Biowaste mixtures affecting the growth and elemental composition of Italian ryegrass (Lolium multiflorum)

Esperschütz, J
Lense, O
Anderson, CR
Bulman, S
Horswell, J
Dickinson, Nicholas
Robinson, BM
Journal Article
Fields of Research
ANZSRC::070304 Crop and Pasture Biomass and Bioproducts , ANZSRC::0503 Soil Sciences , ANZSRC::050304 Soil Chemistry (excl. Carbon Sequestration Science) , ANZSRC::31 Biological sciences , ANZSRC::37 Earth sciences , ANZSRC::41 Environmental sciences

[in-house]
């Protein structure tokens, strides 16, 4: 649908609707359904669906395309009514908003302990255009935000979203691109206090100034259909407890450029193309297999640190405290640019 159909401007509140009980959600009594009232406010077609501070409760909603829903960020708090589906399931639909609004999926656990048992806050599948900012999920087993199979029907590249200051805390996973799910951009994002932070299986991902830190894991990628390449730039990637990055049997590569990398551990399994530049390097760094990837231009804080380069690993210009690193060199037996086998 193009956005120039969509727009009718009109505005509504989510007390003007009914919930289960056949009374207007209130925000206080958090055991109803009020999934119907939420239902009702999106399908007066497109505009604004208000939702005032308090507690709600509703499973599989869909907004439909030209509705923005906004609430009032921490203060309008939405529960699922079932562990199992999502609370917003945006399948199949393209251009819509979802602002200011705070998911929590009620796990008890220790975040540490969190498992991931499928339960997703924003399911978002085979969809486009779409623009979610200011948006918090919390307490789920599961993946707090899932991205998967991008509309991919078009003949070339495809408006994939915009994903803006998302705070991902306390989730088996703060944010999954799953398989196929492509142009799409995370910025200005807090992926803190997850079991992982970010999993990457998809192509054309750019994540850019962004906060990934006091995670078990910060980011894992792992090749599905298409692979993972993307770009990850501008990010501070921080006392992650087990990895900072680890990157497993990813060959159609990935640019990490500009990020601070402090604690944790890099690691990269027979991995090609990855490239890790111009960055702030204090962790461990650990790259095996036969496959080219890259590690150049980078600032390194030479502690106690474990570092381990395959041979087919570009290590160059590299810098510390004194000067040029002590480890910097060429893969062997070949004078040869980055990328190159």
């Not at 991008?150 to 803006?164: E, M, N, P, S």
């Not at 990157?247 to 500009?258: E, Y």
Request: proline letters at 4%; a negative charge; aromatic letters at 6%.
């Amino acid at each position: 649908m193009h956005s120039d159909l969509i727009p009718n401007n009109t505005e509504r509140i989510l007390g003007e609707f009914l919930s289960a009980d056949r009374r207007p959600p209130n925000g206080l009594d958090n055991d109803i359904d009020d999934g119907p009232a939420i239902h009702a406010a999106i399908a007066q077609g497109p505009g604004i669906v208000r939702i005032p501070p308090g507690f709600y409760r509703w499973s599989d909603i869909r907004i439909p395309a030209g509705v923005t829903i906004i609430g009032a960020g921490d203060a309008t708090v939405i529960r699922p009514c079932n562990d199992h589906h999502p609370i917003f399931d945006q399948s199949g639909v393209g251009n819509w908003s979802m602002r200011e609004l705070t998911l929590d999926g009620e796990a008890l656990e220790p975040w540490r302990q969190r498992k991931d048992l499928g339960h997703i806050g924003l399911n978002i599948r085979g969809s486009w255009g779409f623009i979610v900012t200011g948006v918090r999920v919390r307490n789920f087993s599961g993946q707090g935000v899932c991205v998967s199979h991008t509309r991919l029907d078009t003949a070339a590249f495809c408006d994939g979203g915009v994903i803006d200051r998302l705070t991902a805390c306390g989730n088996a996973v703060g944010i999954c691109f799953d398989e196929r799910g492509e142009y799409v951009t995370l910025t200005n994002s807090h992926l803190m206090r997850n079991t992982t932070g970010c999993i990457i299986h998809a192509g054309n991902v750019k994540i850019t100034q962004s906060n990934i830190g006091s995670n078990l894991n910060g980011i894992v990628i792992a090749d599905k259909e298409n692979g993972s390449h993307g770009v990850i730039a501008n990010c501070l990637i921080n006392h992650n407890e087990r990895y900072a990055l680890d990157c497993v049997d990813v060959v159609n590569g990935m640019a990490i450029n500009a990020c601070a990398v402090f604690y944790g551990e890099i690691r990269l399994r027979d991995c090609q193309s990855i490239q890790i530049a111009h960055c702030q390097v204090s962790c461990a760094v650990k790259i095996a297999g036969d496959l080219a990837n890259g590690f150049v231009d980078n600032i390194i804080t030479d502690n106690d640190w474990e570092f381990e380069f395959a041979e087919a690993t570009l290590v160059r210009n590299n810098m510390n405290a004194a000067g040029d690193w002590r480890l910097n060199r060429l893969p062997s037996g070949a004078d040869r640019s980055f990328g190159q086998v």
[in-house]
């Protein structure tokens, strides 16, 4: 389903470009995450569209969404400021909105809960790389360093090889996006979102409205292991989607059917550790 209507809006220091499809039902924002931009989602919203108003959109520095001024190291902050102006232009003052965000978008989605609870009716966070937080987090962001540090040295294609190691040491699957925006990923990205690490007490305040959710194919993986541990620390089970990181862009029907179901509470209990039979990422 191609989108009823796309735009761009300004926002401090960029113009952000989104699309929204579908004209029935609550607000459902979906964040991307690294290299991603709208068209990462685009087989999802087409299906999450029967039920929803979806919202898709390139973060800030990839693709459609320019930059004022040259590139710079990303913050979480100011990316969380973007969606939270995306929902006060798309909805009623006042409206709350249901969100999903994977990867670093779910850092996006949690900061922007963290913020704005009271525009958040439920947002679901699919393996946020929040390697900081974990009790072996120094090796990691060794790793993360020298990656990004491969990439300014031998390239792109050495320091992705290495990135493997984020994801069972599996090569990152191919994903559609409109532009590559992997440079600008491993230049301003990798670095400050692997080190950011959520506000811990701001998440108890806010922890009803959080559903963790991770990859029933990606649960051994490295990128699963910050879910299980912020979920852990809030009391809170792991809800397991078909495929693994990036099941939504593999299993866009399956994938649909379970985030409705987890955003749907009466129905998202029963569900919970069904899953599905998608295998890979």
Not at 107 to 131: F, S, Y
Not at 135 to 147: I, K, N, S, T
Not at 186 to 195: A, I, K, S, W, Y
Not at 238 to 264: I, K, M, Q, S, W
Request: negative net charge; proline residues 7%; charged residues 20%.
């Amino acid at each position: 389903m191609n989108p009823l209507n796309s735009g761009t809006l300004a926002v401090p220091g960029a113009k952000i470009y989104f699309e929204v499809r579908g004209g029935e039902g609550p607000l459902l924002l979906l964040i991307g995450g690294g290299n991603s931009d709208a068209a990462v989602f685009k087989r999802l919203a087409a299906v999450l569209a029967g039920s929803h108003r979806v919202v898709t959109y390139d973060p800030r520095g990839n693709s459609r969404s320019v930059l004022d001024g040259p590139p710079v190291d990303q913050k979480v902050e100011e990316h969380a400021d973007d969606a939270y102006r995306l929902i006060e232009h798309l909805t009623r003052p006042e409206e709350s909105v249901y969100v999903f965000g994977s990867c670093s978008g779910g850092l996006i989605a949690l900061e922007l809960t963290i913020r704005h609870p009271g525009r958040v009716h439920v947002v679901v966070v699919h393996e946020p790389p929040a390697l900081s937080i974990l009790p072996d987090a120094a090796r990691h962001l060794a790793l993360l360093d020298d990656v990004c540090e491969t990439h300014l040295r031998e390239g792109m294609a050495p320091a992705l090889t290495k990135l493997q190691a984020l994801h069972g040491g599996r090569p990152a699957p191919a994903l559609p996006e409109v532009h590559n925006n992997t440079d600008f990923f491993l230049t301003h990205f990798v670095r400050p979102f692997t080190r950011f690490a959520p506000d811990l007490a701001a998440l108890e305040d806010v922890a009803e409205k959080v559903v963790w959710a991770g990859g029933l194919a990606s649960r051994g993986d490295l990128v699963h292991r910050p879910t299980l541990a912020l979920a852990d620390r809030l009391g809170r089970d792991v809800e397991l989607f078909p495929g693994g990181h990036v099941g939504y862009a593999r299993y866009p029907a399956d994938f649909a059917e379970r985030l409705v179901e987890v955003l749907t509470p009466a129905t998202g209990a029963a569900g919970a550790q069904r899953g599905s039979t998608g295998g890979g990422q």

Biosolids (sewage sludge) can be beneficially applied to degraded lands to improve soil quality. Plants grown on biosolids-amended soils have distinct concentrations of macronutrients and trace elements, which can be beneficial or present a risk to humans and ecosystems. Potentially, biosolids could be blended with other biowastes, such as sawdust, to reduce the risks posed by rebuilding soils using biosolids alone. We sought to determine the effect of mixing biosolids and sawdust on the macronutrient and trace element concentration of ryegrass over a 5-mo period. Lolium multiflorum was grown in a low fertility soil, typical for marginal farm areas, that was amended with biosolids (1250 kg N ha⁻¹), biosolids + sawdust (0.5:1) and urea (200 kg N ha⁻¹), as well as a control. Biosolids increased the growth of L. multiflorum from 2.93 to 4.14 t ha⁻¹. This increase was offset by blending the biosolids with sawdust (3.00 t ha⁻¹). Urea application increased growth to 4.93 t ha⁻¹. The biowaste treatments increased N, P, Cu, Mn, and Zn relative to the control, which may be beneficial for grazing animals. Although biowaste application caused elevated Cd concentrations (0.15-0.24 mg kg⁻¹) five- to eightfold higher than control and urea treatments, these were below levels that are likely to result in unacceptable concentrations in animal tissues. Mixing biosolids with sawdust reduced Cd uptake while still resulting in increased micronutrient concentrations (P, S, Mn, Zn, Cu) in plants. There were significant changes in the elemental uptake during the experiment, which was attributed to the decomposition of the sawdust.
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